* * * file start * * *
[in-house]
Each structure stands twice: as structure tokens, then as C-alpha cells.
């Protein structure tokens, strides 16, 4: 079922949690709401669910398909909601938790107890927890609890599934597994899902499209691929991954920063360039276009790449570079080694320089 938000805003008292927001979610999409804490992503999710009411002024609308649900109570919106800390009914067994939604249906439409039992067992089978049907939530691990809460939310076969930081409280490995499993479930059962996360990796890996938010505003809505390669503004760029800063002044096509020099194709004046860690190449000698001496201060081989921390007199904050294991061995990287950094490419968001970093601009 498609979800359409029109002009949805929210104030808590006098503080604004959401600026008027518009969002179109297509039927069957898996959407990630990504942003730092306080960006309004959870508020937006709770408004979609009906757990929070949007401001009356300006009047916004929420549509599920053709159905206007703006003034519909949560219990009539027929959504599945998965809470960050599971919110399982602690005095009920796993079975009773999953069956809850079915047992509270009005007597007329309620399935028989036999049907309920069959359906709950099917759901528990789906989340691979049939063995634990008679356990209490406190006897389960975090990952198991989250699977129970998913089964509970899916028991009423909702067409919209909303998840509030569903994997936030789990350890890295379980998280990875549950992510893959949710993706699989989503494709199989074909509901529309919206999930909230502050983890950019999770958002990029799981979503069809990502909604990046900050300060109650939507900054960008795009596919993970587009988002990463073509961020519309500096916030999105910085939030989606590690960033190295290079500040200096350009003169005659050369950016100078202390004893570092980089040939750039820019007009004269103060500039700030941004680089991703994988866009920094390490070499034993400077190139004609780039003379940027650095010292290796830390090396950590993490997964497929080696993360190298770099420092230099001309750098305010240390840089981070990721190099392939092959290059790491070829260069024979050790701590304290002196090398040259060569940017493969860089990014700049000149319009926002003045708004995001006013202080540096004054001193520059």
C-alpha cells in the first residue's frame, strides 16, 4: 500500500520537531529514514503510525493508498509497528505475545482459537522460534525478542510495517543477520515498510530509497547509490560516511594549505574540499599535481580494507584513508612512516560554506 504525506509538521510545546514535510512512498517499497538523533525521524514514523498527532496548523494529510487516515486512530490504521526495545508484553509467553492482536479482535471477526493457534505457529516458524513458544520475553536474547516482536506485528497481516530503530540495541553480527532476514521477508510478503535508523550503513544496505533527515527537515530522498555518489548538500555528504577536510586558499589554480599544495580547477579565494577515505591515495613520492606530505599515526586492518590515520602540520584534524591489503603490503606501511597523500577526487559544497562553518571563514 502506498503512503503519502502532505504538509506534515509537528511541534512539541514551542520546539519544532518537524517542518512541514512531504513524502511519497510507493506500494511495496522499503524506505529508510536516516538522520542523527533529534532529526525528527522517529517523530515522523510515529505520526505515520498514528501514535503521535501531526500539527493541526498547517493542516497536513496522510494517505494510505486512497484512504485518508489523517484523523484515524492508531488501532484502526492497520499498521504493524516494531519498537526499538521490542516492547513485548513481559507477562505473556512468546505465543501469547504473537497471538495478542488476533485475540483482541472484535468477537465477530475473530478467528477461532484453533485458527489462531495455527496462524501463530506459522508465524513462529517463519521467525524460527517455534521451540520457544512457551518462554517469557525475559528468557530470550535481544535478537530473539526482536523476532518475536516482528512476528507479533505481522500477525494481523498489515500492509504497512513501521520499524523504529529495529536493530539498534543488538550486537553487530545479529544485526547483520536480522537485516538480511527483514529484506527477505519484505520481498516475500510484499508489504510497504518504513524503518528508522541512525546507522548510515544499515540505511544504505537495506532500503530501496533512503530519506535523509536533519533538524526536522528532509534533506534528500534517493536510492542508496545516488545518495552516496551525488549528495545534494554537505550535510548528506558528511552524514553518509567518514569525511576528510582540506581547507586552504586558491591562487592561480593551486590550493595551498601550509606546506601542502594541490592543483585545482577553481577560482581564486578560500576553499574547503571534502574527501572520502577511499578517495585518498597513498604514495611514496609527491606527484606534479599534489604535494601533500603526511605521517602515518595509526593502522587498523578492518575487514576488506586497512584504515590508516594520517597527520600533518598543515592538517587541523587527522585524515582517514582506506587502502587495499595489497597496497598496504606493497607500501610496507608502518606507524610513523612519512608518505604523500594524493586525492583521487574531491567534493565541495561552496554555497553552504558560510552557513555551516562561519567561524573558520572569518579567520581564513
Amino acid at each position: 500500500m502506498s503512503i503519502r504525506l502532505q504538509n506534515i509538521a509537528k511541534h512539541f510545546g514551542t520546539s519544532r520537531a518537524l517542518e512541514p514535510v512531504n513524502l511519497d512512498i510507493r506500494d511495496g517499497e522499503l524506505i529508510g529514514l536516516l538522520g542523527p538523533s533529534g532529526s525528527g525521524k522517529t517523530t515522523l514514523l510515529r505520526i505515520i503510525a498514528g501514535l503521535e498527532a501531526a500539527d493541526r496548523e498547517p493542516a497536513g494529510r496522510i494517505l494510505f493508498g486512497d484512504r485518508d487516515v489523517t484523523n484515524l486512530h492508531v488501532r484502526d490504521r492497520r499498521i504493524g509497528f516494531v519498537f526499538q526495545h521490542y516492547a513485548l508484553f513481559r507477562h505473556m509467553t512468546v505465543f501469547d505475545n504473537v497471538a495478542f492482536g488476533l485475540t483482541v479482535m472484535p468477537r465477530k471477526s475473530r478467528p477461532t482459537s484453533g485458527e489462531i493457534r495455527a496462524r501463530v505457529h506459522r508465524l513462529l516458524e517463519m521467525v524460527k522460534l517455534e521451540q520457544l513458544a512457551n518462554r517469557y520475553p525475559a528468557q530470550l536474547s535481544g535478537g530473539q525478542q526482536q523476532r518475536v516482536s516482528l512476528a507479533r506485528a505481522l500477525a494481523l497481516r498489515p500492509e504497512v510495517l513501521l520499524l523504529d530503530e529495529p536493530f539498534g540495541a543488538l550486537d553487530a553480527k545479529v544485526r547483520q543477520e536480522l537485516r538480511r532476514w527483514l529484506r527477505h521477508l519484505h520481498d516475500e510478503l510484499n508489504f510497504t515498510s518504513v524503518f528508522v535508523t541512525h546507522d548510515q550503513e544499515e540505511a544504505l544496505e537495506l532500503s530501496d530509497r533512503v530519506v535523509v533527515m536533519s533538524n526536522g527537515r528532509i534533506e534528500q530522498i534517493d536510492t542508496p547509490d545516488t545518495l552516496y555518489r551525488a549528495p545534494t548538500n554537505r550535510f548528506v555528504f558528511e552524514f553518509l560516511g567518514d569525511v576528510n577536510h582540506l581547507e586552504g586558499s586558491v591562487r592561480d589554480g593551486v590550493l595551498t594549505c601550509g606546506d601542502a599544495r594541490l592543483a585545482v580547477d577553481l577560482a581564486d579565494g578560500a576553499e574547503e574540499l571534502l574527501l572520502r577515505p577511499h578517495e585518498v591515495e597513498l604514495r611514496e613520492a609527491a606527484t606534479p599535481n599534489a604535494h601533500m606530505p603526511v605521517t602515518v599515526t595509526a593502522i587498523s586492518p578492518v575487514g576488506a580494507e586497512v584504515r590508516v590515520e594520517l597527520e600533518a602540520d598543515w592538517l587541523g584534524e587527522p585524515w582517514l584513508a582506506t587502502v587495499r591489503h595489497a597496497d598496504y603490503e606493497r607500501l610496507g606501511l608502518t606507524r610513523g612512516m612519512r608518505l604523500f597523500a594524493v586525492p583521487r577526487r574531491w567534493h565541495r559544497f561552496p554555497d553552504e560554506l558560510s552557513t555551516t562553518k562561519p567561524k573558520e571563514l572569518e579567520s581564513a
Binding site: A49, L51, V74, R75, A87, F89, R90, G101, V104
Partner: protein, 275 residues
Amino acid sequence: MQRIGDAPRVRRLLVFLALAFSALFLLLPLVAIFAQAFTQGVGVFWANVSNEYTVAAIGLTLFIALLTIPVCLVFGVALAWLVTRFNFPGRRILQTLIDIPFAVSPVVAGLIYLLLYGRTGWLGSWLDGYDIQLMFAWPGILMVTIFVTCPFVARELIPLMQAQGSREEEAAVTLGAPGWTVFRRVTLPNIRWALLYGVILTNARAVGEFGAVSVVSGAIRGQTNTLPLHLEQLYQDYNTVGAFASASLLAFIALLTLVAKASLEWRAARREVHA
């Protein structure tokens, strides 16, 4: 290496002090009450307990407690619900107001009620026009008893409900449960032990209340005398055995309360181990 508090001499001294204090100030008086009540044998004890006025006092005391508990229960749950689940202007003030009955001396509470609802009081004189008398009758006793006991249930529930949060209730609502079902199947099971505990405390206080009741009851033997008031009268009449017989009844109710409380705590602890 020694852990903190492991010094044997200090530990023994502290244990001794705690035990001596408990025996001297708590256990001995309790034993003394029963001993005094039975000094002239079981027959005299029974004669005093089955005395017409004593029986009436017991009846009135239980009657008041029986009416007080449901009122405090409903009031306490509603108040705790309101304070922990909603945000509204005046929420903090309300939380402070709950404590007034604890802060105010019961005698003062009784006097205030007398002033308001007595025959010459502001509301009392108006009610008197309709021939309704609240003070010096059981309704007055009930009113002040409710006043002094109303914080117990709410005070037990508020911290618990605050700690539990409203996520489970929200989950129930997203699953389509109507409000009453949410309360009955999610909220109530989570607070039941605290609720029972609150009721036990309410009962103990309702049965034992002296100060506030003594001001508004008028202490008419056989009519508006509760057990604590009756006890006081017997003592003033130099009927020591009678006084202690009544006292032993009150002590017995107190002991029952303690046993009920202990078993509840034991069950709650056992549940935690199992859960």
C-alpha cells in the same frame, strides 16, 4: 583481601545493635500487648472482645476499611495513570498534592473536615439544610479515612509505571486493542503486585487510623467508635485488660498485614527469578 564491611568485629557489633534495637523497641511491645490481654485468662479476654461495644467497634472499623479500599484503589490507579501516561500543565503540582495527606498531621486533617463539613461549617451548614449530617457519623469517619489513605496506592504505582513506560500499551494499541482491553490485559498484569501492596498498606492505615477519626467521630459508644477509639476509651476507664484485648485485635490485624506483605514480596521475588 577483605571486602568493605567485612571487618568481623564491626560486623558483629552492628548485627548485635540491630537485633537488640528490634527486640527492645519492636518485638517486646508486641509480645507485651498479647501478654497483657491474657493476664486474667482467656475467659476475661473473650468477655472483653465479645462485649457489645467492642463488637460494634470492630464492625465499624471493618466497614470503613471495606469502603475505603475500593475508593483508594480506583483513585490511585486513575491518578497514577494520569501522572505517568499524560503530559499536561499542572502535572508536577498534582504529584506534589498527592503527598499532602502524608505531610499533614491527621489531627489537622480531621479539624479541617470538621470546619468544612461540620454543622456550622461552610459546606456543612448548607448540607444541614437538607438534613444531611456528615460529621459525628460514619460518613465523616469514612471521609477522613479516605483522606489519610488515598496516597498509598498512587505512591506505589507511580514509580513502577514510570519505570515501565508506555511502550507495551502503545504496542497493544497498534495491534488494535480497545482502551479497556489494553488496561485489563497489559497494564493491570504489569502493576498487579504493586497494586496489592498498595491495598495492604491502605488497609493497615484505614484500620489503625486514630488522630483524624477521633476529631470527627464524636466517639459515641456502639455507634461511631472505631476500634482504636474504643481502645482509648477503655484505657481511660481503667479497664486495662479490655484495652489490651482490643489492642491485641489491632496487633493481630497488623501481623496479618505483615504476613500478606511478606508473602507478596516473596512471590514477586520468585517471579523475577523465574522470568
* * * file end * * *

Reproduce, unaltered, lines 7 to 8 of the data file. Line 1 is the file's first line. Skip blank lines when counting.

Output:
Partner: protein, 275 residues
Amino acid sequence: MQRIGDAPRVRRLLVFLALAFSALFLLLPLVAIFAQAFTQGVGVFWANVSNEYTVAAIGLTLFIALLTIPVCLVFGVALAWLVTRFNFPGRRILQTLIDIPFAVSPVVAGLIYLLLYGRTGWLGSWLDGYDIQLMFAWPGILMVTIFVTCPFVARELIPLMQAQGSREEEAAVTLGAPGWTVFRRVTLPNIRWALLYGVILTNARAVGEFGAVSVVSGAIRGQTNTLPLHLEQLYQDYNTVGAFASASLLAFIALLTLVAKASLEWRAARREVHA